Bracing for Severe Economic Impact

For BMO’s chief economist, Doug Porter, the economic impact of COVID-19 will clearly be severe, but he said understanding how the rebound will come is more important than putting a specific number on the downturn.

“The focus should be on the speed, the shape of the coming recovery, and maybe most importantly, when does it begin?” he said.

Porter is confident the rebound will be strong when it comes, but cautioned against predicting whether the overall economic recovery will be L, U or V shaped, because it will vary by sector and by region. He forecast a healthy rebound in the second half of 2020, but predicted the economy will not see a full recovery until next year.

“I can tell you that I'm quite confident that activity will see a big bounce in the third quarter,” he said.

While he praised government stimulus to shield the economy during the downturn, he did caution that stimulus packages are more a replacement of lost income than actual stimulus. “I don't view it as stimulus in the traditional sense. It's really just keeping incomes and revenues as stable as they can be, to hopefully help reinforce a recovery when the shutdowns are through.”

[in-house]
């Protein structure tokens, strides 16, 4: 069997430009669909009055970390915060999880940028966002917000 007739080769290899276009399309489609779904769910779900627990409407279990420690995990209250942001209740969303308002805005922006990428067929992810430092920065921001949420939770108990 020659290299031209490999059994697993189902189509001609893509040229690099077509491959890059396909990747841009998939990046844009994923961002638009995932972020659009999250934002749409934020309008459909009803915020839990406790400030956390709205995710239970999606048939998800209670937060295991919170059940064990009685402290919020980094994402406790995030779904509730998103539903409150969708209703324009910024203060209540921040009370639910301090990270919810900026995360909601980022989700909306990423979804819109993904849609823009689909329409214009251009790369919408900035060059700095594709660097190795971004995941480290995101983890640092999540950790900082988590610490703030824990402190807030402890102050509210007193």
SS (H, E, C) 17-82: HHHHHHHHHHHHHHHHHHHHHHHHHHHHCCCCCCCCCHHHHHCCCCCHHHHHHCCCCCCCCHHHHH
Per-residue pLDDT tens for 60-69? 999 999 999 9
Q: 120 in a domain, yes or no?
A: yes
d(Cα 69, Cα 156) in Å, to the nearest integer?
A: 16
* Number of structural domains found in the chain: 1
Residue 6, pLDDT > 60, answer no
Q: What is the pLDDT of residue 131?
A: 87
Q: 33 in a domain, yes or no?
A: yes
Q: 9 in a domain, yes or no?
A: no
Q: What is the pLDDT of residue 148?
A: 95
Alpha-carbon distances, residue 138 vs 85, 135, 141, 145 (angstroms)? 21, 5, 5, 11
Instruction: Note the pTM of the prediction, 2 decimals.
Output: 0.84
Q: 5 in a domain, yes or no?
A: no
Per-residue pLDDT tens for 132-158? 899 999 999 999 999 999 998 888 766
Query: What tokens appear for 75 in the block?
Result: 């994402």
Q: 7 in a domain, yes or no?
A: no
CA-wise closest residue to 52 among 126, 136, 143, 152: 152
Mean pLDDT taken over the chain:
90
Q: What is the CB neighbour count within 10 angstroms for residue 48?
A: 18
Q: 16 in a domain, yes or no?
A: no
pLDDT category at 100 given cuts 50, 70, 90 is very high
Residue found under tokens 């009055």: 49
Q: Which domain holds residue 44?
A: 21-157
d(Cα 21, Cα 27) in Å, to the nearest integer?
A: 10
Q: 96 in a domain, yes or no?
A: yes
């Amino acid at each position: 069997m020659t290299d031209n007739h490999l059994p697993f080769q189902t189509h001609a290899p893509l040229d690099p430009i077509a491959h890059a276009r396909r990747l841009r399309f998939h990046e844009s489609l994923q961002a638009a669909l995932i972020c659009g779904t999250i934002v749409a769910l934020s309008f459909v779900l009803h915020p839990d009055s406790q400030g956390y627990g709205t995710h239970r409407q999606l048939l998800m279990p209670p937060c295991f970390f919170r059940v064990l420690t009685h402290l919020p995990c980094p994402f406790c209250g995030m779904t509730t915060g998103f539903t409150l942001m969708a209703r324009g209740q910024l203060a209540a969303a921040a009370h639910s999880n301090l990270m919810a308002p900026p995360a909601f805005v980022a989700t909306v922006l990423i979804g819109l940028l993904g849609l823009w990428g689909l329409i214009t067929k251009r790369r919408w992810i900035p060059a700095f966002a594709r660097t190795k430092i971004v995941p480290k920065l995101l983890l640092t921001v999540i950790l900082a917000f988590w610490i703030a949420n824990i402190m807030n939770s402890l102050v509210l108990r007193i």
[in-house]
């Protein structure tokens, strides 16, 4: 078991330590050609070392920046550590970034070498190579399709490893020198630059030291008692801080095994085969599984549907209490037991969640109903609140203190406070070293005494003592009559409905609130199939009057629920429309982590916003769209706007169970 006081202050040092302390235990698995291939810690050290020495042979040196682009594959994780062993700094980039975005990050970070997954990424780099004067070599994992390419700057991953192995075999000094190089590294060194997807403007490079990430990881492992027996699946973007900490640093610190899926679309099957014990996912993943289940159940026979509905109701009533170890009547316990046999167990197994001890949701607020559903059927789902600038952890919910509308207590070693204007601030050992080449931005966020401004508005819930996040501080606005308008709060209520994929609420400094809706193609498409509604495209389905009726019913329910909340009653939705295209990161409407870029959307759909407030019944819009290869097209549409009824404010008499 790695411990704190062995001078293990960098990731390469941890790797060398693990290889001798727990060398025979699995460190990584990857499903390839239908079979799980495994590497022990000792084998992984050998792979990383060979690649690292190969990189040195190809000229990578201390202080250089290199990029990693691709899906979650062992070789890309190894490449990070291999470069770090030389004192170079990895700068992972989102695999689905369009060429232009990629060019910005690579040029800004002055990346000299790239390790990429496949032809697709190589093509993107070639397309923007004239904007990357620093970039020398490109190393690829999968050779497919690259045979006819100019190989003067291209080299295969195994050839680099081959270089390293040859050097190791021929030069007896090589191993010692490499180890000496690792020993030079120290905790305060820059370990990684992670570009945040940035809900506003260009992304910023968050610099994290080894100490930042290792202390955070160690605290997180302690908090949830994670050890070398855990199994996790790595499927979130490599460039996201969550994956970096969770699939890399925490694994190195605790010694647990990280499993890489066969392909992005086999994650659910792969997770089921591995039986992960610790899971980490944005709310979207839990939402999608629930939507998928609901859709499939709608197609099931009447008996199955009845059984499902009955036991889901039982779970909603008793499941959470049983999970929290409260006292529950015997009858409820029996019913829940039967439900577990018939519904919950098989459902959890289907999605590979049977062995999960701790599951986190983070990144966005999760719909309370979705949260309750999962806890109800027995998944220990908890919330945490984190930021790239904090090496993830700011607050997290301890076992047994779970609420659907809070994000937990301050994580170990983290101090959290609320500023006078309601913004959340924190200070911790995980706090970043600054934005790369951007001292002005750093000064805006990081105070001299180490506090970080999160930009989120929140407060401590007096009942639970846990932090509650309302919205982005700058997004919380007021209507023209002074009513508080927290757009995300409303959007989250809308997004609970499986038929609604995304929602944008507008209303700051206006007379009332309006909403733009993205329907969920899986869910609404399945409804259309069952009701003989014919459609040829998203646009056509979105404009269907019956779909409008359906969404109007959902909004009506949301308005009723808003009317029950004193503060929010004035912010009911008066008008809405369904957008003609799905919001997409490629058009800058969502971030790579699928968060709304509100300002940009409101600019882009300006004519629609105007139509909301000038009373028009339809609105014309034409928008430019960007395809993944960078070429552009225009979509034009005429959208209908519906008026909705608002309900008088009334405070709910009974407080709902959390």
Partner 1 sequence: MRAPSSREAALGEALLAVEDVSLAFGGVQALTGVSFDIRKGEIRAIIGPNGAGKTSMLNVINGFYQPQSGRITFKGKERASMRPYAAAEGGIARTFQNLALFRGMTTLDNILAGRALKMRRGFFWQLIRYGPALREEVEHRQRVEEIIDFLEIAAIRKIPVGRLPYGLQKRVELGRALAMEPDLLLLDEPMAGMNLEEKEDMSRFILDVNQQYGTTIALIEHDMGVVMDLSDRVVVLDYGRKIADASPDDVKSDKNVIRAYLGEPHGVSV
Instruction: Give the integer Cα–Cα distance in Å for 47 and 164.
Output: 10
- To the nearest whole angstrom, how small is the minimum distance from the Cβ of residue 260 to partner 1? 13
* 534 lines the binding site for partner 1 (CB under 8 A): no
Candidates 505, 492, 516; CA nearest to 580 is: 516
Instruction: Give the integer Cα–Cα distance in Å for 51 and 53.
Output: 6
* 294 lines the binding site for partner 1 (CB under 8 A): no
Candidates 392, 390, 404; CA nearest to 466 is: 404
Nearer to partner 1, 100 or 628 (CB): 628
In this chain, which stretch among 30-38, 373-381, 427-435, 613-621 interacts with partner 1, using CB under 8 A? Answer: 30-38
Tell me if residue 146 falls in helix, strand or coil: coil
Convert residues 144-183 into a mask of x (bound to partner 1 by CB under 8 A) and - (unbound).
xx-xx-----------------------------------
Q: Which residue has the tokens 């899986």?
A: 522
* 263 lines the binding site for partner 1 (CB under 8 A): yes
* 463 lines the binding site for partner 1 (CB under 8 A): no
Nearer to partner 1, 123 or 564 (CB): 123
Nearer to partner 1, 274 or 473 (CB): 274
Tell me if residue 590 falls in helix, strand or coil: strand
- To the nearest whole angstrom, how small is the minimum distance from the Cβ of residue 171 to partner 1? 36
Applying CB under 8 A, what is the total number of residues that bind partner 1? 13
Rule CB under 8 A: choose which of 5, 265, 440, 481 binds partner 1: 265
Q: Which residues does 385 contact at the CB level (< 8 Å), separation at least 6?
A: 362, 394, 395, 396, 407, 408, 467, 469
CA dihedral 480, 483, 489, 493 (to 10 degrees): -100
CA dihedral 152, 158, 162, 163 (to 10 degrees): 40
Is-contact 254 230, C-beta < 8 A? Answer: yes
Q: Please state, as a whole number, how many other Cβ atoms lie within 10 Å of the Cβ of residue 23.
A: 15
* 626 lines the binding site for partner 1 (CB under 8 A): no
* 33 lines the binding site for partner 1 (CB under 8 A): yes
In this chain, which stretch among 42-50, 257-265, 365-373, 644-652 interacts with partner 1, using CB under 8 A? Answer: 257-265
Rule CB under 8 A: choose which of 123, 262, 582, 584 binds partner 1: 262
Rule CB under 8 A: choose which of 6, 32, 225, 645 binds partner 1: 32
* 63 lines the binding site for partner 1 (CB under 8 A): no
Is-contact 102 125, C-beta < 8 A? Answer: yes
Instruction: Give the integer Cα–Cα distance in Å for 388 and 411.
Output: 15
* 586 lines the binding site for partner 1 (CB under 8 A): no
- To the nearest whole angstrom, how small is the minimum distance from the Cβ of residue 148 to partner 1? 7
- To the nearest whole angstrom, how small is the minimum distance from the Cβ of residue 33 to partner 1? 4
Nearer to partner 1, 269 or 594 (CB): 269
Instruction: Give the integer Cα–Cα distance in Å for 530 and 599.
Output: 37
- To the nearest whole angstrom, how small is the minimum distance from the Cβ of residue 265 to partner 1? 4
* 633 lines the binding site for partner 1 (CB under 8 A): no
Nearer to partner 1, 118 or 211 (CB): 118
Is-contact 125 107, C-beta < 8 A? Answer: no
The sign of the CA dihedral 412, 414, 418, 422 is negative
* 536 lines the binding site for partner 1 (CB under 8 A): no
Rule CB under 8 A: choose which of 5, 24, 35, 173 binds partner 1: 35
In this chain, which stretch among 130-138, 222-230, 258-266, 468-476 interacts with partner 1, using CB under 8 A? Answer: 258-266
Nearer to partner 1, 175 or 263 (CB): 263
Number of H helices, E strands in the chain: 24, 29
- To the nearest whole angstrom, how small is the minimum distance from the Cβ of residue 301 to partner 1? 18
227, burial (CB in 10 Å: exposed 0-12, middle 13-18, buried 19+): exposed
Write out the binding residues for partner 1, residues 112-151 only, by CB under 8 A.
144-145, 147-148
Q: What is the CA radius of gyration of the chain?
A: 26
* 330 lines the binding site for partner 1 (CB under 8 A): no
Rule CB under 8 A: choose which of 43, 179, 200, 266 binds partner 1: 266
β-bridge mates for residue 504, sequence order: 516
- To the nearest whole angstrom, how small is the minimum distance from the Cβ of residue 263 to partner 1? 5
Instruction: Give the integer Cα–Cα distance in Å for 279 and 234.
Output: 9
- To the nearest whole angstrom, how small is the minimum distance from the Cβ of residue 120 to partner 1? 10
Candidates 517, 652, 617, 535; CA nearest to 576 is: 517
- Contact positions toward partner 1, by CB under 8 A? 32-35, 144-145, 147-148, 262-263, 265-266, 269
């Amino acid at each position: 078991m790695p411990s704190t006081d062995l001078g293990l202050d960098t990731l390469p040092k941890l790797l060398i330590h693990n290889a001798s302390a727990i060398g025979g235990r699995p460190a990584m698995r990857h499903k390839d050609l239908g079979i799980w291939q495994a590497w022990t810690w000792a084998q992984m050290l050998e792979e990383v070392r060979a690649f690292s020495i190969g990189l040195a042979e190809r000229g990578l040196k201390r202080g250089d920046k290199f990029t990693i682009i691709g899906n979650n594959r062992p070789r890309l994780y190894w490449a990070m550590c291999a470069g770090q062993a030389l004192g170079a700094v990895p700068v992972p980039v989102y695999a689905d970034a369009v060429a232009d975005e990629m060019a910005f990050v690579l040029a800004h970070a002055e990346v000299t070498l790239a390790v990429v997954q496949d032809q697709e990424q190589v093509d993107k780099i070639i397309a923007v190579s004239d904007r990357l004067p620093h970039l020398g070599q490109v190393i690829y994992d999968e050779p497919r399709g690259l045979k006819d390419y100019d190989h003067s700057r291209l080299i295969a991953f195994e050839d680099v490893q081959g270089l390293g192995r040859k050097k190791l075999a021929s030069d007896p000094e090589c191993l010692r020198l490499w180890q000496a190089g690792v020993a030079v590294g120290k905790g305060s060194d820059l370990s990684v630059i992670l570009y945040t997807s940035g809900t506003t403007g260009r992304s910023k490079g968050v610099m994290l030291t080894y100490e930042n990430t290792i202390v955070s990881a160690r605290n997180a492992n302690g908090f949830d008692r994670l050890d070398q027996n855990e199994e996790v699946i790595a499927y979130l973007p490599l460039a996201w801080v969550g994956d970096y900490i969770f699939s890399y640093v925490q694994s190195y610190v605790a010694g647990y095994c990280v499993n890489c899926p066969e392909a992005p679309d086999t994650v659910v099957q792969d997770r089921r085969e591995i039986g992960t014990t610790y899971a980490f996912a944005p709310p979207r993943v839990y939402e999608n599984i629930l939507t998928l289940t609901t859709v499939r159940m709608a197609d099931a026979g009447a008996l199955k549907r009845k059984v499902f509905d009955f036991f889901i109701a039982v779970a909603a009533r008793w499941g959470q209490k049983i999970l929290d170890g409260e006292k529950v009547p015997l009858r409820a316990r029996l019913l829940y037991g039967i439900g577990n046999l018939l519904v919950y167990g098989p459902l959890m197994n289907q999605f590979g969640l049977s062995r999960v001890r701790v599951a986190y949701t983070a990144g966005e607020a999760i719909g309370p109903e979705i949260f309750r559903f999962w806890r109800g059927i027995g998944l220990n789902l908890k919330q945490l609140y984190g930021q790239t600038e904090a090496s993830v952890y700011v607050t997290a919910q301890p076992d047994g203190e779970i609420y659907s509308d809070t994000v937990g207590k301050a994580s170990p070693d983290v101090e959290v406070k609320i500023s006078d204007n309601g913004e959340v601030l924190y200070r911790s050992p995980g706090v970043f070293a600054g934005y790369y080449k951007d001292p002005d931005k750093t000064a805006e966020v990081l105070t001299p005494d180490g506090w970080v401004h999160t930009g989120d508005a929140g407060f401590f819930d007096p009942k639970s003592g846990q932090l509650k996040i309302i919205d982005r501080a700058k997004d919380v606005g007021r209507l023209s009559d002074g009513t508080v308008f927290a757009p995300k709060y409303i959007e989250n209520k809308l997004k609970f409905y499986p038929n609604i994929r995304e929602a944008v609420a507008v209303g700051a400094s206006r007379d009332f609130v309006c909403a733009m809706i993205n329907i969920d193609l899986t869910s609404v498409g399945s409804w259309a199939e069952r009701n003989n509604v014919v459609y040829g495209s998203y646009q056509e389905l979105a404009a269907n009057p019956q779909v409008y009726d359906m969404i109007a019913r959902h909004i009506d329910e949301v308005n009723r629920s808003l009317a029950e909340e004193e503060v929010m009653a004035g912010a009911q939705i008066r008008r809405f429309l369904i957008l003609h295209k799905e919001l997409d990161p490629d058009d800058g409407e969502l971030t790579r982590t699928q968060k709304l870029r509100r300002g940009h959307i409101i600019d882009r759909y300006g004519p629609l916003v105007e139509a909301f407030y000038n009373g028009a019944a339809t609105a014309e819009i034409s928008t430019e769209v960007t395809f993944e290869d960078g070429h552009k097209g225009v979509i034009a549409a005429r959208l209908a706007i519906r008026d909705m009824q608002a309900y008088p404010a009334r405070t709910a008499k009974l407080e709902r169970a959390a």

There will also be a long-term cost to government intervention, including larger debts, “pretty much across the board.” The impact of heavy government borrowing will be offset, however, because governments can borrow at rates of less than 1 percent for ten years, meaning they won’t be taking on significantly more debt in terms of annual interest, and will not be under pressure to pay back the accrued debt quickly.

Lessons Learned in 2008

Kristi Mitchem, CEO of BMO Global Asset Management, said that, while the COVID-19 crisis is unique for anyone who’s watched the markets over the years, governments are taking what they learned from 2008 and applying it to the COVID-19 pandemic, particularly as it relates to liquidity and the unfreezing of financial market conditions.